1. Things


There is a painting by Klee called Angelus Novus. An angel is depicted there who looks as though he were about to distance himself from something which he is staring at. His eyes are opened wide, his mouth stands open and his wings are outstretched. The Angel of History must look just so. His face is turned towards the past. Where we see the appearance of a chain of events, he sees one single catastrophe, which unceasingly piles rubble on top of rubble and hurls it before his feet. He would like to pause for a moment so fair, to awaken the dead and to piece together what has been smashed. But a storm is blowing from Paradise, it has caught itself up in his wings and is so strong that the Angel can no longer close them. The storm drives him irresistibly into the future, to which his back is turned, while the rubble-heap before him grows sky-high. (Walter Benjamin, 9th Thesis, On the Concept of History, 1940)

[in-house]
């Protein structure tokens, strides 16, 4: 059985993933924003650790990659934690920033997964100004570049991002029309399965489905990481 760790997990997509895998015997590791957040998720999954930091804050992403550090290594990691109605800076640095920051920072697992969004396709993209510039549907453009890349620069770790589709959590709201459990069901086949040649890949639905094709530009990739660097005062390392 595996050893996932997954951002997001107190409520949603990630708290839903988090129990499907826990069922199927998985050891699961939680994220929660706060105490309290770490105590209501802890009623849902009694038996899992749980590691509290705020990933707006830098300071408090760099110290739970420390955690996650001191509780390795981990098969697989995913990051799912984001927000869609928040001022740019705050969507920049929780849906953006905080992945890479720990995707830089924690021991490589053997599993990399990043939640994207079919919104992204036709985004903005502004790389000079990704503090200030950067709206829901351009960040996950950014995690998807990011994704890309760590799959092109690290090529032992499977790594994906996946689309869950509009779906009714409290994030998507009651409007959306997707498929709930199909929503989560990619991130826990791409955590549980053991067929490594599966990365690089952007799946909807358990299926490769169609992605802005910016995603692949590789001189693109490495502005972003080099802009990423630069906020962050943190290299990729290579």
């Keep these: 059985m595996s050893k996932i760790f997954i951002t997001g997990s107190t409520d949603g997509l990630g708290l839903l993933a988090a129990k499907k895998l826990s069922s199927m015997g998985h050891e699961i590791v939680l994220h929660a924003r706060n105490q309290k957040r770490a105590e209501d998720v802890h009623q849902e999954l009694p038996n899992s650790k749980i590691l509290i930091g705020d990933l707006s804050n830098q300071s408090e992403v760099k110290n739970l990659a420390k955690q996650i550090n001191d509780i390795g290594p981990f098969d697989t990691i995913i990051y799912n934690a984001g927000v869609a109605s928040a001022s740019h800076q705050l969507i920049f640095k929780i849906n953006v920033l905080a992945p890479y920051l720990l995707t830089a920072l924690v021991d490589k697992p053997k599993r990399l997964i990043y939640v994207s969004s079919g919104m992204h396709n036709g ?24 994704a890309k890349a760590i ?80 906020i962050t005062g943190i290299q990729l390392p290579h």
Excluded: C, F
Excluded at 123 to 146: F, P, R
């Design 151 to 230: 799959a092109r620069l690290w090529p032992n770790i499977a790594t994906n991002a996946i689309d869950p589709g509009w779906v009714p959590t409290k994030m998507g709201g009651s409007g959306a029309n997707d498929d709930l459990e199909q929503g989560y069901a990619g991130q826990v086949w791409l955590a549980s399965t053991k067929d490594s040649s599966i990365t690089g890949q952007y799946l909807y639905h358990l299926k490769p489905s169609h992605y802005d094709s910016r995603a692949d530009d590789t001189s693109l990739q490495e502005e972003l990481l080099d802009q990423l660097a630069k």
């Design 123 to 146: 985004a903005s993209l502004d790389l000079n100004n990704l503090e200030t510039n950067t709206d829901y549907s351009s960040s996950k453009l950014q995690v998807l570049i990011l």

Benjamin’s Angel of History desperately stares at the steady accumulation of debris that the past throws before his eyes. In the place of a sequence of detached events, he sees ‘rubble on top of rubble’, a continuous collection of wreckage. However, violently pushed into the future, his desire to stop and reassemble those fragments cannot be fulfilled. His mouth is wide open, yet he cannot talk. One could start by translating this metaphor into music: in the place of ‘works’, the Angel of History would see innumerable things on top of things—sketches, drafts, manuscripts, editions, recordings, transcriptions, treatises, manuals, instruments, depictions, contracts, commissions, letters, postcards, scribbles, diagrams, analytical charts, theoretical essays, articles, books, memories, forgeries, etc. All these things—brought together in different combinations and arrangements, in different times and geographies—are material objects that exist in the real world. Brought together in specific combinations, they make up those reified generalities that we used to call ‘musical works’. Let’s take the most famous example yet again: where is Beethoven’s Fifth Symphony to be found? Is it in the Breitkopf & Härtel first edition from 1808? In any of the 161 recordings officially registered in 2012 by the Beethoven-Haus Bonn? In any of the innumerable manuscripts, currently dispersed between Berlin, Paris, Vienna, Krakow, Nelahozeves and Bonn? In the corrected manuscript ‘An 67 k, I, 83’? In Liszt’s piano reduction? In a Schenkerian analysis? The list of questions could easily continue for dozens of pages as we are referring to the concrete, material documents that allow the construction of an abstract image of the work. As Foucault exhaustively demonstrated: